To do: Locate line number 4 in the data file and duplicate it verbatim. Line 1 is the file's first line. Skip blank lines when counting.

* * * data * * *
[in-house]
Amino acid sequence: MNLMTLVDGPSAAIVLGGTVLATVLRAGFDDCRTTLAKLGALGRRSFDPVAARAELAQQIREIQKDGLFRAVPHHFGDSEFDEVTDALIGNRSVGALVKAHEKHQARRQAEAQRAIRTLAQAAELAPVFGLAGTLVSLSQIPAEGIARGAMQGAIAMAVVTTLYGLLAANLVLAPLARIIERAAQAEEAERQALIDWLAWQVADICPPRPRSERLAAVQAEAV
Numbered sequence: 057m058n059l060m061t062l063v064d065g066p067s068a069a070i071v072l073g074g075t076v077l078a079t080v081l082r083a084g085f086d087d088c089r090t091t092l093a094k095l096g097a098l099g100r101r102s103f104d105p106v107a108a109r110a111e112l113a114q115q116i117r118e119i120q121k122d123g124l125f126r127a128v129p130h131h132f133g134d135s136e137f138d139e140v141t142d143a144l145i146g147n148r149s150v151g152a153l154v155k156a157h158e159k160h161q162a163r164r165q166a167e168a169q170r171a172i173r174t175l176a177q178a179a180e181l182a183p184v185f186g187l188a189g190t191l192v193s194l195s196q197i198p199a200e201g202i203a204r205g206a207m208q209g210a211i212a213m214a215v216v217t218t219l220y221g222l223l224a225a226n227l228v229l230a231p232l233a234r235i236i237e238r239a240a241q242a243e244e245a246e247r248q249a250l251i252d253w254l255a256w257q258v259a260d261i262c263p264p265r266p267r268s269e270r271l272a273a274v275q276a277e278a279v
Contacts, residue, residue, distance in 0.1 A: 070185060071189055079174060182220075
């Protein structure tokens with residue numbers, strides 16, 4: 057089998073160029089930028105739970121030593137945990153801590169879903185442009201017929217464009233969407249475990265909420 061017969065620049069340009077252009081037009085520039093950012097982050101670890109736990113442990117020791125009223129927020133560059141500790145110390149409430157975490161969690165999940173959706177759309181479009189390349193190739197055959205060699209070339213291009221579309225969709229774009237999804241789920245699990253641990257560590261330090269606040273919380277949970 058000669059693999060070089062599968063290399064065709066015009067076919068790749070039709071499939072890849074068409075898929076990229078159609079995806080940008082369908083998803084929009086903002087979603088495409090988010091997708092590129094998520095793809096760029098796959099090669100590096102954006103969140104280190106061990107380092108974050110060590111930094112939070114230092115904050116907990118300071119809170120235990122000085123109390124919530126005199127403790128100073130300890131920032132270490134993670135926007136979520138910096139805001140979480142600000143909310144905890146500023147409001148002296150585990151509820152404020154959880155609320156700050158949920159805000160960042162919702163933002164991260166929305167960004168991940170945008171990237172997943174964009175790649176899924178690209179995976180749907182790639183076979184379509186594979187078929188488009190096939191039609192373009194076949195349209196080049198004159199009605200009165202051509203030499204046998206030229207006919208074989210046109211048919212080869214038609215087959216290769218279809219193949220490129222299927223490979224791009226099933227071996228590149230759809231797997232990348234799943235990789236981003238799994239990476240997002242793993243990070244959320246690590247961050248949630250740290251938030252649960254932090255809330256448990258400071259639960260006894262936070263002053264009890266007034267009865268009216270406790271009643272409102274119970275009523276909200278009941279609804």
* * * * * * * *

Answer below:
Contacts, residue, residue, distance in 0.1 A: 070185060071189055079174060182220075